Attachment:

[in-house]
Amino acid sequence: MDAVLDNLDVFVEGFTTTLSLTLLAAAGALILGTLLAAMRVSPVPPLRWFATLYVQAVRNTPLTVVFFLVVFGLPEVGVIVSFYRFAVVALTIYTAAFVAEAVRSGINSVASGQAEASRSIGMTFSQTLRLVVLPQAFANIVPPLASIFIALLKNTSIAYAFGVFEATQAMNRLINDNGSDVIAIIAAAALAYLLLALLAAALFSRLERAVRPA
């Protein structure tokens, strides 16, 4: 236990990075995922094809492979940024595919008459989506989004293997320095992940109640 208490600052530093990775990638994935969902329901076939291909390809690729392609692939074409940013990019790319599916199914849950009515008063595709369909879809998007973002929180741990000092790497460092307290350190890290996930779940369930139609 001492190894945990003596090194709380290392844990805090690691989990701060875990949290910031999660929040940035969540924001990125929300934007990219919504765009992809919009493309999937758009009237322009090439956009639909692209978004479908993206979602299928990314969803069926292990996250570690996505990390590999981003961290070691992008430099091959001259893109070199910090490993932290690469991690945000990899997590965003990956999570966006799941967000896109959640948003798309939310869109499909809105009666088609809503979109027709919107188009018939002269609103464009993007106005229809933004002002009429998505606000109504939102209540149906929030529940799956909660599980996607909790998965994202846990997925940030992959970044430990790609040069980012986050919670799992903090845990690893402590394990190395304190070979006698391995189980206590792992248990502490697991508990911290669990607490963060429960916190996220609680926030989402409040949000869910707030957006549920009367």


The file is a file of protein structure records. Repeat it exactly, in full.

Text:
[in-house]
Amino acid sequence: MDAVLDNLDVFVEGFTTTLSLTLLAAAGALILGTLLAAMRVSPVPPLRWFATLYVQAVRNTPLTVVFFLVVFGLPEVGVIVSFYRFAVVALTIYTAAFVAEAVRSGINSVASGQAEASRSIGMTFSQTLRLVVLPQAFANIVPPLASIFIALLKNTSIAYAFGVFEATQAMNRLINDNGSDVIAIIAAAALAYLLLALLAAALFSRLERAVRPA
């Protein structure tokens, strides 16, 4: 236990990075995922094809492979940024595919008459989506989004293997320095992940109640 208490600052530093990775990638994935969902329901076939291909390809690729392609692939074409940013990019790319599916199914849950009515008063595709369909879809998007973002929180741990000092790497460092307290350190890290996930779940369930139609 001492190894945990003596090194709380290392844990805090690691989990701060875990949290910031999660929040940035969540924001990125929300934007990219919504765009992809919009493309999937758009009237322009090439956009639909692209978004479908993206979602299928990314969803069926292990996250570690996505990390590999981003961290070691992008430099091959001259893109070199910090490993932290690469991690945000990899997590965003990956999570966006799941967000896109959640948003798309939310869109499909809105009666088609809503979109027709919107188009018939002269609103464009993007106005229809933004002002009429998505606000109504939102209540149906929030529940799956909660599980996607909790998965994202846990997925940030992959970044430990790609040069980012986050919670799992903090845990690893402590394990190395304190070979006698391995189980206590792992248990502490697991508990911290669990607490963060429960916190996220609680926030989402409040949000869910707030957006549920009367």